For A Few Dollars More
The second film in Sergio Leone and Clint Eastwood's "the man with no name" trilogy of spaghetti westerns, For A Few Dollars More is perhaps my least favorite of the series. Up against such titles as A Fistful Of Dollars and The Good, The Bad,And The Ugly, this is not such a bad distinction, though. While it's my least favorite of the trilogy, it's still one of the best westerns I've ever seen. Eastwood and Lee Van Cleef play lone bounty hunters who are forced to team up to achieve their goal of tracking down an elusive thief, but can they really trust one another? This is the question that will plague you right up until the intense climax which, as with both of the other movies in this series, involves a teeth-grindingly suspenseful showdown.

Crimson Tide
Director Tony Scott is best known for directing over-the-top genre-bending thrillers such as Top Gun and Days Of Thunder, and Crimson Tide fits that bill quite nicely. This film takes a horrifying concept involving nuclear war and throws all validity out the window in exchange for cheap thrills and plot twists. Cheap as they may be though, they make for a fun viewing experience. Gene Hackman and Denzel Washington play the two men in charge of a nuclear submarine which has it's communications cut off during a transmission from HQ. Hackman hastily believes that their orders are to fire their nukes, while Washington would rather hold off on the launch until the orders can be confirmed. There's your conflict. I think you can essentially figure the rest out from there.

The Hunt For Red October
Based on the Tom Clancy novel of the same name, The Hunt For Red October follows CIA agent Jack Ryan, as played by Alec Baldwin, as he attempts to stop a potential attack on the United States by an experimental hijacked submarine under the control of the unstable Russian captain Marko Ramius. Where a film such as Tony Scott's Crimson Tide focuses more on the excitement and action aboard a submarine, John McTiernan's The Hunt For Red October takes more of a realistic, procedural look at how a disaster such as a nuclear submarine attack could be avoided. A bit too long and technical for it's own good, this film fell flat for me despite the noteworthy efforts of both Alec Baldwin and Sean Connery.

I Spit On Your Grave
A true grindhouse film, I Spit On Your Grave follows an independent big-city woman who rents a house in the country for the summer to work on her first novel in peace. Not long after arriving, the woman is brutally raped and nearly killed by four local men who she then proceeds to hunt and enact her revenge on. What makes I Spit On Your Grave a grindhouse film is the fact that instead of insinuating violence, this movie flat-out shows it happen. The rape scenes account for about a third of the film and the revenge scenes account for about another third. This means that more than half of this movie is devoted to bombarding the viewer with violent acts. There are a few parts that manage to be disturbing and a few that are more silly than frightening, but if you are at all squeamish, I Spit On Your Grave is certainly not the film for you.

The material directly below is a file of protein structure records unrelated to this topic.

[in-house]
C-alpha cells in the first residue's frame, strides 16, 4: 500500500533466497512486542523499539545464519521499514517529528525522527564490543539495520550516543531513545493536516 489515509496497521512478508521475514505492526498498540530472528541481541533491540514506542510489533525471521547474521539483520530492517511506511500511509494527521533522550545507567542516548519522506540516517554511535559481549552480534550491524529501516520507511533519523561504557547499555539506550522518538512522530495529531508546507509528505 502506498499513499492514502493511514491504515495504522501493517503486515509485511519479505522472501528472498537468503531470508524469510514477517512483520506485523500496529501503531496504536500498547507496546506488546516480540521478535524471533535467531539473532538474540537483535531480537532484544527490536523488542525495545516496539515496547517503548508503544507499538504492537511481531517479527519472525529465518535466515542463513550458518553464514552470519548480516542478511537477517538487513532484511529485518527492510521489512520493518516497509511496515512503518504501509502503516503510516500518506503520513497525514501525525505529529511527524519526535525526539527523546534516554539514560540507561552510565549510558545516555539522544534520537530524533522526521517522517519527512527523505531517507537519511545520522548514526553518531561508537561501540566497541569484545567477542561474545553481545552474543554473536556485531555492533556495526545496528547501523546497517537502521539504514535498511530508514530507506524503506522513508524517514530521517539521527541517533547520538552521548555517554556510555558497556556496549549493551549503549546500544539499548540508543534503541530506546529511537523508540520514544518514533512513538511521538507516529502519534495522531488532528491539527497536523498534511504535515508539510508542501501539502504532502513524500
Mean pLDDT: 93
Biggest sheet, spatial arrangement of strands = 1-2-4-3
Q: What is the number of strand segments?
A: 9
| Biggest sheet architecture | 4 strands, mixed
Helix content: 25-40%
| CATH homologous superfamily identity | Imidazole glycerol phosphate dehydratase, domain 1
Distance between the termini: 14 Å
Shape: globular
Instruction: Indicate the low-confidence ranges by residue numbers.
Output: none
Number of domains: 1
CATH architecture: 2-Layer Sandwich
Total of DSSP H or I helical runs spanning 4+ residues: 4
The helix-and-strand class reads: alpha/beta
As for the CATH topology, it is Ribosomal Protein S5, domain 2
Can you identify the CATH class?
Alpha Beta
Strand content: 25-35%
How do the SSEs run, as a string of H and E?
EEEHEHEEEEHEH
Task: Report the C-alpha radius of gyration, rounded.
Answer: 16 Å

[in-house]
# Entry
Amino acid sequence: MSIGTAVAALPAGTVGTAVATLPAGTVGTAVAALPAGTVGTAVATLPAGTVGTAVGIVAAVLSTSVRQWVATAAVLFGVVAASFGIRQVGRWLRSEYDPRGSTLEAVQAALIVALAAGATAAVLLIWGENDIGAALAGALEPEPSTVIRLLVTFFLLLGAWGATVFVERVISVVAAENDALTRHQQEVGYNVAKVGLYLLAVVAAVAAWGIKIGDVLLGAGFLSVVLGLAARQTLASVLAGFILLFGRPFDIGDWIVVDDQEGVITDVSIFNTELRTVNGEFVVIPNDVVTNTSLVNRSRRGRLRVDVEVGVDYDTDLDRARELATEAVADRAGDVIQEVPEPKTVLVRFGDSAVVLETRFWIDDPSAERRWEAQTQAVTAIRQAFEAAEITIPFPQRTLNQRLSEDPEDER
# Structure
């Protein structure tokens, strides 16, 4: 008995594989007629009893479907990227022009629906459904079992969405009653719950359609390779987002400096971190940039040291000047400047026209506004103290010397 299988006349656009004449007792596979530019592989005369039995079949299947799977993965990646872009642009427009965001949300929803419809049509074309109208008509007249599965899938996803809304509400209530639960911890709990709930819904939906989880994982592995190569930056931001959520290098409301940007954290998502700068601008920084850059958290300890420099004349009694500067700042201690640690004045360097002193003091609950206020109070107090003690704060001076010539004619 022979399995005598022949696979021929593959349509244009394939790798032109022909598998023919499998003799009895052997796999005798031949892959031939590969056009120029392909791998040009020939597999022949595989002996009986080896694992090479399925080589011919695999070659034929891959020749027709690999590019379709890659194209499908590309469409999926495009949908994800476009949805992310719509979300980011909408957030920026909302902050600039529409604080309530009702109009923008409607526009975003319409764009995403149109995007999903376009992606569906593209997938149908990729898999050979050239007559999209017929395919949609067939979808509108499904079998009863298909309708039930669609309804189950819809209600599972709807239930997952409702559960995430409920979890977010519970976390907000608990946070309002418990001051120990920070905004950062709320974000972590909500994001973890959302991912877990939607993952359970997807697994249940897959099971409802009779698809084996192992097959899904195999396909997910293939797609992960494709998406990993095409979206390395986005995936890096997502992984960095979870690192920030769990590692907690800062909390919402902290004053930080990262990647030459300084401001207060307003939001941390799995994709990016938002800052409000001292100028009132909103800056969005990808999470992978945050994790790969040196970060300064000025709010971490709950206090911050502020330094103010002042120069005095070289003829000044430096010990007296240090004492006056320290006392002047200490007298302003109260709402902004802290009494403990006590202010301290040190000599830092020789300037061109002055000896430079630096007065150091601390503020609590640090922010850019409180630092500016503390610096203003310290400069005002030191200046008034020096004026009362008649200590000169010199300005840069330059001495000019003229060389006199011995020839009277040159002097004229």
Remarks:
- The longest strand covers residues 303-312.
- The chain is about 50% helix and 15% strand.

Rob Tornoe said...

Last comment for the evening. So I've noticed that you have a lot of 5-star movies. A lot. And while we can bicker and argue about which ones are deserving, how can Hunt for Red October chime in with a puny 2-stars?!?! And how can you compare it negatively with Tony Scott's Crimson Tide? How do you think it compares with Wolfgang Petersen's Das Boot?

Rian said...
This comment has been removed by the author.
Rian said...

Rob - I haven't seen Das Boot. I've been called out by many people on my rating system thus far (obviously not via comment as you can see, but in person for the most part). My star ratings are not based on which movies are the most critically acclaimed because critics the world over have already acclaimed these movies. My star ratings are based on my personal enjoyment of the films in question. It's a measurement of my personal opinion. So if I give a piece of cinematic garbage like Death Race 2000 a five star rating and a "classic" bit of cinema like The Deer Hunter a measly two star rating, that's because I had a blast watching Death Race and thoroughly enjoyed it while The Deer Hunter (as my review explains) just about put me to sleep. So a star rating of five is much like me telling you "I loved this movie, you've got to see it," while a one star rating means "I hated that movie." I hope that clears things up.